How do I clean up a dynamic array of pointers to objects?

This is a discussion on How do I clean up a dynamic array of pointers to objects? within the C++ Programming forums, part of the General Programming Boards category; Hey guys, I'm having problems cleaning up a queue that is a dynamic array of pointers to objects. When I ...

  1. #1
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    How do I clean up a dynamic array of pointers to objects?

    Hey guys, I'm having problems cleaning up a queue that is a dynamic array of pointers to objects. When I call my destructor, the program crashes. Here is my code..

    Private section of class..

    Code:
    private:
    	OBJECT ** array; //declare pointer to pointer of OBJECT
    	int maxSize; //size of array
    Constructor...

    Code:
    queue::queue( unsigned x ){
                  maxSize = x;
                  array = new OBJECT *[x]; //create dynamic array of size x
                  for ( int c = 0; c < x; c++ )
    		          array[c] = NULL; //initialize each element of array to point to NULL
    }
    Destructor that crashes my program...

    Code:
    queue::~queue(){
                    for( int c = 0; c < maxSize; c++ ){//problem here
                         if( array[c] != NULL ) 
                             delete array[c]; //deletes OBJECT if there's one at that element
                    }
                    delete array; // deletes dynamic array
    }
    I'm a little new to dynamic arrays, any help would be appreciated. Thanks.

  2. #2
    Code Goddess Prelude's Avatar
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    9,796
    >When I call my destructor, the program crashes.
    Can you be more specific? How does it crash? Do you get any error messages? What line does it crash on? Are the contents of your pointers valid?
    Code:
    if( array[c] != NULL ) 
      delete array[c];
    There's no need to test for a null pointer; delete does the right thing.

    >delete array; // deletes dynamic array
    Undefined behavior. When you use new[] to allocate memory, you must use delete[] to release it:
    Code:
    delete [] array;
    >delete array[c];
    This may have the same problem depending on how you allocate memory to array[c].
    My best code is written with the delete key.

  3. #3
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    Prelude,

    I assign objects to the array by doing

    Code:
    array[variable] = new OBJECT;
    Anyway, I found the problem. It was related to something I hadn't posted. In my problem I would declare the class and pass it to another function that did the manipulation of the class. However, I didn't pass by reference I would send a copy of the class. When I passed by reference the code I typed above works and successfully clears the dynamic array of any classes without any problems. I included your suggestion of using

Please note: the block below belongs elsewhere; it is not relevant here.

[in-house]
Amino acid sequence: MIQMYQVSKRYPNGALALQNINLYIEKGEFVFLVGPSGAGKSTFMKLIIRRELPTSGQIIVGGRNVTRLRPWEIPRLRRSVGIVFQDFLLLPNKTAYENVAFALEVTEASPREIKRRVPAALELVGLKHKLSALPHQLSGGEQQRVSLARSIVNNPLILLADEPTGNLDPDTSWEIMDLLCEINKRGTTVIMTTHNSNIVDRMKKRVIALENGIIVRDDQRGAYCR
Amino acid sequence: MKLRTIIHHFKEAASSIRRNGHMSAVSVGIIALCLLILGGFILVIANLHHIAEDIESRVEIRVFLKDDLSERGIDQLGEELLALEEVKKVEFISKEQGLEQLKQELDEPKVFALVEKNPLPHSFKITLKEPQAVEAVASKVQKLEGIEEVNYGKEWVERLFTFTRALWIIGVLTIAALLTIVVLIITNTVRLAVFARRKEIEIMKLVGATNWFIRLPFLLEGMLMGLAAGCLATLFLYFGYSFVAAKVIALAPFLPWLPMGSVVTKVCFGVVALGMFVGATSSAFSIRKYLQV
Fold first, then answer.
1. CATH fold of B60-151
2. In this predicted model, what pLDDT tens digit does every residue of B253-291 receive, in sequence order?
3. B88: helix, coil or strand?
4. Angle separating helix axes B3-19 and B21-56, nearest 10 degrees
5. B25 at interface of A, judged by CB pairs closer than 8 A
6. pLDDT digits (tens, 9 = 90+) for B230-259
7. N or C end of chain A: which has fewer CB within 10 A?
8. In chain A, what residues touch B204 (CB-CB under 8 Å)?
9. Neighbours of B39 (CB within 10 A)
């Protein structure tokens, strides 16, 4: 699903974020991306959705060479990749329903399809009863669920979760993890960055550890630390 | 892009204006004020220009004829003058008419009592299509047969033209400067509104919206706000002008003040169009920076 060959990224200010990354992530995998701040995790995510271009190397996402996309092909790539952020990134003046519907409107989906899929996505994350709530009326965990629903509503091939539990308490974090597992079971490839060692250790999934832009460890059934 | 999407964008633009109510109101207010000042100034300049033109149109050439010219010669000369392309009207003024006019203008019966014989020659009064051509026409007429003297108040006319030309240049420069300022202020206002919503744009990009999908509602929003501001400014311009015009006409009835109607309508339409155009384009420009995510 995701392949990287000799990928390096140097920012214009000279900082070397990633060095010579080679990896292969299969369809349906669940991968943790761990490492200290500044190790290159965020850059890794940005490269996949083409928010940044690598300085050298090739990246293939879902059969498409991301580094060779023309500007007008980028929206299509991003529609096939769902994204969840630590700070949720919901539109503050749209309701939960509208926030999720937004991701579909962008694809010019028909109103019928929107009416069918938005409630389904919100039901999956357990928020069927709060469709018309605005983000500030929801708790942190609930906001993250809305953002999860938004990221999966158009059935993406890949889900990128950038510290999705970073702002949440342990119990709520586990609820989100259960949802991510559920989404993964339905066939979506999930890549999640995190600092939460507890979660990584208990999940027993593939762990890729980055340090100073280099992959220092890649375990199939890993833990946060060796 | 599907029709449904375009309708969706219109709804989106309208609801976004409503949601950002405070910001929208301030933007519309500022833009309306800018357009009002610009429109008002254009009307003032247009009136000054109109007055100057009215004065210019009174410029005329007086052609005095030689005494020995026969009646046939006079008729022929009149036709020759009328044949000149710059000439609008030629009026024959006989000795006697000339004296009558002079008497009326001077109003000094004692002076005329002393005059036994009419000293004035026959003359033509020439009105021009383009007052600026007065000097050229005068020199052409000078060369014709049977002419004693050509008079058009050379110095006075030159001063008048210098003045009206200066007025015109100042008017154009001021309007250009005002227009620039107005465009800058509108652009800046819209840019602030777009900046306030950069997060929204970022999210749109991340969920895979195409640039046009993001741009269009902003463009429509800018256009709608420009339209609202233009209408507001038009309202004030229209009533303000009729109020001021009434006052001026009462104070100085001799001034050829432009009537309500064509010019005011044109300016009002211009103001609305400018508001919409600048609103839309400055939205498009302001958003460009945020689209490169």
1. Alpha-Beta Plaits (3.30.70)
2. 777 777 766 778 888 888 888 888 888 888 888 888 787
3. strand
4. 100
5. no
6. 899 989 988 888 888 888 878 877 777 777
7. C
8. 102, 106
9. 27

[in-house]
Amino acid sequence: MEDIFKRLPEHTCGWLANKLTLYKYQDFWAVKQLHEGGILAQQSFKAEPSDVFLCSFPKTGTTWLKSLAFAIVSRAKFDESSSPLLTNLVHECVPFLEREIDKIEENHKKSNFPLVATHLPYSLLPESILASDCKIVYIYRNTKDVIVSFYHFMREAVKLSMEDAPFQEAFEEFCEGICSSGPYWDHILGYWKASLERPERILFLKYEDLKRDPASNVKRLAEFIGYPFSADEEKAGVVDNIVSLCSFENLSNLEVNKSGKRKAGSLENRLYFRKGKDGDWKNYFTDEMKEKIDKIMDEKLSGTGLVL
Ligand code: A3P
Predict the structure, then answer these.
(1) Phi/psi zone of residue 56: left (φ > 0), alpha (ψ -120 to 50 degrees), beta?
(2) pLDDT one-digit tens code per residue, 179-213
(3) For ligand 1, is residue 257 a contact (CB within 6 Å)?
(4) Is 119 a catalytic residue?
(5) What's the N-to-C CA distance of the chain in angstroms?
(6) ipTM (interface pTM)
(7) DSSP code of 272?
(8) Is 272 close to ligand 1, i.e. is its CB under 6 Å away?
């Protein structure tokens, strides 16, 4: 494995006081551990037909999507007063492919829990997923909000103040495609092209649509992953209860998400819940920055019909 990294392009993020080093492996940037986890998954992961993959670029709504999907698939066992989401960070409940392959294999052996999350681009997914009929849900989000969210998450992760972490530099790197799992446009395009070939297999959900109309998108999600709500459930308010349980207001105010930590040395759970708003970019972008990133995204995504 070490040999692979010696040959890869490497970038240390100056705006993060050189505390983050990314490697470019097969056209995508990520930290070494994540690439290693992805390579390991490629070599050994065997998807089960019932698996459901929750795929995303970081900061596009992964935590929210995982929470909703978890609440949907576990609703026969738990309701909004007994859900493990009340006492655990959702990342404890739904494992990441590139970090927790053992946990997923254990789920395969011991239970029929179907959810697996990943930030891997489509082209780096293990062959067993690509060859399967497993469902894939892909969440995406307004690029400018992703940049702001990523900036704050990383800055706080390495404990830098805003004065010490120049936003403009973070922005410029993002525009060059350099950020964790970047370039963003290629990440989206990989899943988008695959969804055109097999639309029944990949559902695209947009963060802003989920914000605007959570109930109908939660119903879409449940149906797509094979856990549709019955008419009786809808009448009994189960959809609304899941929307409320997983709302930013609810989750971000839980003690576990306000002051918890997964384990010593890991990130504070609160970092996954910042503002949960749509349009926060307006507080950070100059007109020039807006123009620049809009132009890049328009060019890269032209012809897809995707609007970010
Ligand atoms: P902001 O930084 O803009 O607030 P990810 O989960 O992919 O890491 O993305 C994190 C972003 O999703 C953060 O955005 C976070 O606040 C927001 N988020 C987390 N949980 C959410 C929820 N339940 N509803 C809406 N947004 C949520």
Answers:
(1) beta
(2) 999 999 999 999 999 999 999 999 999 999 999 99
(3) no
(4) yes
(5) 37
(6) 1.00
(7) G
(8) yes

Code:
    delete[] array;
    instead of

    Code:
    delete array;

    The thing is that either of those statments seem to work without causing any problems, curious. I have one more question...

    Does delete [] array clear delete any dynamically assigned elements of the array (the OBJECTs) as well as the array itself? If this were true than all I would need is to declare delete [] array in my destructor, I wouldn't have to do that for loop.

  4. #4
    Code Goddess Prelude's Avatar
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    >The thing is that either of those statments seem to work without causing any problems, curious.
    That's the problem with undefined behavior. It can work perfectly until you demo your application for the client.

    >Does delete [] array clear delete any dynamically assigned elements of the
    >array (the OBJECTs) as well as the array itself?
    No, for every allocation there must be a matching release.
    My best code is written with the delete key.

  5. #5
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    Make sure you have a valid copy constructor and copy assignment operator for your class. Dynamically allocated memory like you are using requires you to write explicit copying code. In this case the rule of three applies- since you needed to write your own destructor, you also need to write your own copy constructor and copy assignment operator. These might have helped avoid the original error (although passing by reference still might be appropriate).

    Also, C++ has features that allow you to avoid these kinds of headaches and mistakes. For example, instead of a dynamic array, use a vector (or some other appropriate container). If you did, you wouldn't have to know how or when to delete [] array, because the vector does that part for you. You can also use some types of smart pointers for the objects you are storing. A smart pointer will delete the object automatically when it goes out of scope.

    In this case, you could use a vector<shared_ptr<OBJECT> > and you wouldn't even need a destructor or copy constructor or copy assignment operator. Another option is a Boost ptr_vector which also does the same things for you but with a more specific interface.

    Of course, since you are writing a queue class, you are apparently doing so as a learning exercise (otherwise you would use an existing class). In that case it would be fine to learn and understand the use of dynamic memory allocation, although learning the other C++ options might be just as enriching.

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